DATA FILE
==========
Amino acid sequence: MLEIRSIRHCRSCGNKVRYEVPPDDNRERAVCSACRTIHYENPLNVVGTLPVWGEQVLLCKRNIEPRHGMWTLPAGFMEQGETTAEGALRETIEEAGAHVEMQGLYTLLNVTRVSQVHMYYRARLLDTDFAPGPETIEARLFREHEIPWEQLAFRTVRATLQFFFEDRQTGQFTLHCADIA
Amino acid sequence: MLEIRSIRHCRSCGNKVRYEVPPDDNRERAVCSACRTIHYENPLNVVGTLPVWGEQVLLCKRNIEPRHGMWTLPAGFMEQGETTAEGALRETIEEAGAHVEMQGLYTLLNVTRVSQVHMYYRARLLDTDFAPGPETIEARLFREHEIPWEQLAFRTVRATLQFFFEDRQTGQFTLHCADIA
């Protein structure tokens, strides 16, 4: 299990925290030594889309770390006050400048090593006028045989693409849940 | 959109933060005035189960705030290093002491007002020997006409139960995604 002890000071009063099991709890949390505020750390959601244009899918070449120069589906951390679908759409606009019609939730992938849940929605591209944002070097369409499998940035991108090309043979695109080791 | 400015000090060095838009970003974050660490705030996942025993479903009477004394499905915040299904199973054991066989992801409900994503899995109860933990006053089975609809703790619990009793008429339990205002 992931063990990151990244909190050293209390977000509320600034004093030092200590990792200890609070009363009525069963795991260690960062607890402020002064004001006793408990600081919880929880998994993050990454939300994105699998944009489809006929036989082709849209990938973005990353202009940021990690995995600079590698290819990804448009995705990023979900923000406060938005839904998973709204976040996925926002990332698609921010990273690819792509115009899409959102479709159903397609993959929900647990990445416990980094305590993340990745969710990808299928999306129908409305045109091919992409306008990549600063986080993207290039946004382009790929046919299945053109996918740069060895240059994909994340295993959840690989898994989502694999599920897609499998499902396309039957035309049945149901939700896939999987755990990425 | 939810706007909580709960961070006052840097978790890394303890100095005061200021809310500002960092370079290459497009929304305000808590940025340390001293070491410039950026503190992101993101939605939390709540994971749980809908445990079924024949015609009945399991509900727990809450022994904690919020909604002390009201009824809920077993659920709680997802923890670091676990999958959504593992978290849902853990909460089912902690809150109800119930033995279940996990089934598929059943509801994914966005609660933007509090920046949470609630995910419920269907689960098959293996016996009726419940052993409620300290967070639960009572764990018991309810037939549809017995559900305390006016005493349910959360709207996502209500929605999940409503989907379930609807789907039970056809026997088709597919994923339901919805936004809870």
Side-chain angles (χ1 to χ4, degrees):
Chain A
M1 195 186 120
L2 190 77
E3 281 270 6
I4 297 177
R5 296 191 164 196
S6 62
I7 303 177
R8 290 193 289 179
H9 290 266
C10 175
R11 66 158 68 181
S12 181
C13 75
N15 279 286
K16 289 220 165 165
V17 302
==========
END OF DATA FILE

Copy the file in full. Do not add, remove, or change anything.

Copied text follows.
Amino acid sequence: MLEIRSIRHCRSCGNKVRYEVPPDDNRERAVCSACRTIHYENPLNVVGTLPVWGEQVLLCKRNIEPRHGMWTLPAGFMEQGETTAEGALRETIEEAGAHVEMQGLYTLLNVTRVSQVHMYYRARLLDTDFAPGPETIEARLFREHEIPWEQLAFRTVRATLQFFFEDRQTGQFTLHCADIA
Amino acid sequence: MLEIRSIRHCRSCGNKVRYEVPPDDNRERAVCSACRTIHYENPLNVVGTLPVWGEQVLLCKRNIEPRHGMWTLPAGFMEQGETTAEGALRETIEEAGAHVEMQGLYTLLNVTRVSQVHMYYRARLLDTDFAPGPETIEARLFREHEIPWEQLAFRTVRATLQFFFEDRQTGQFTLHCADIA
């Protein structure tokens, strides 16, 4: 299990925290030594889309770390006050400048090593006028045989693409849940 | 959109933060005035189960705030290093002491007002020997006409139960995604 002890000071009063099991709890949390505020750390959601244009899918070449120069589906951390679908759409606009019609939730992938849940929605591209944002070097369409499998940035991108090309043979695109080791 | 400015000090060095838009970003974050660490705030996942025993479903009477004394499905915040299904199973054991066989992801409900994503899995109860933990006053089975609809703790619990009793008429339990205002 992931063990990151990244909190050293209390977000509320600034004093030092200590990792200890609070009363009525069963795991260690960062607890402020002064004001006793408990600081919880929880998994993050990454939300994105699998944009489809006929036989082709849209990938973005990353202009940021990690995995600079590698290819990804448009995705990023979900923000406060938005839904998973709204976040996925926002990332698609921010990273690819792509115009899409959102479709159903397609993959929900647990990445416990980094305590993340990745969710990808299928999306129908409305045109091919992409306008990549600063986080993207290039946004382009790929046919299945053109996918740069060895240059994909994340295993959840690989898994989502694999599920897609499998499902396309039957035309049945149901939700896939999987755990990425 | 939810706007909580709960961070006052840097978790890394303890100095005061200021809310500002960092370079290459497009929304305000808590940025340390001293070491410039950026503190992101993101939605939390709540994971749980809908445990079924024949015609009945399991509900727990809450022994904690919020909604002390009201009824809920077993659920709680997802923890670091676990999958959504593992978290849902853990909460089912902690809150109800119930033995279940996990089934598929059943509801994914966005609660933007509090920046949470609630995910419920269907689960098959293996016996009726419940052993409620300290967070639960009572764990018991309810037939549809017995559900305390006016005493349910959360709207996502209500929605999940409503989907379930609807789907039970056809026997088709597919994923339901919805936004809870």
Side-chain angles (χ1 to χ4, degrees):
Chain A
M1 195 186 120
L2 190 77
E3 281 270 6
I4 297 177
R5 296 191 164 196
S6 62
I7 303 177
R8 290 193 289 179
H9 290 266
C10 175
R11 66 158 68 181
S12 181
C13 75
N15 279 286
K16 289 220 165 165
V17 302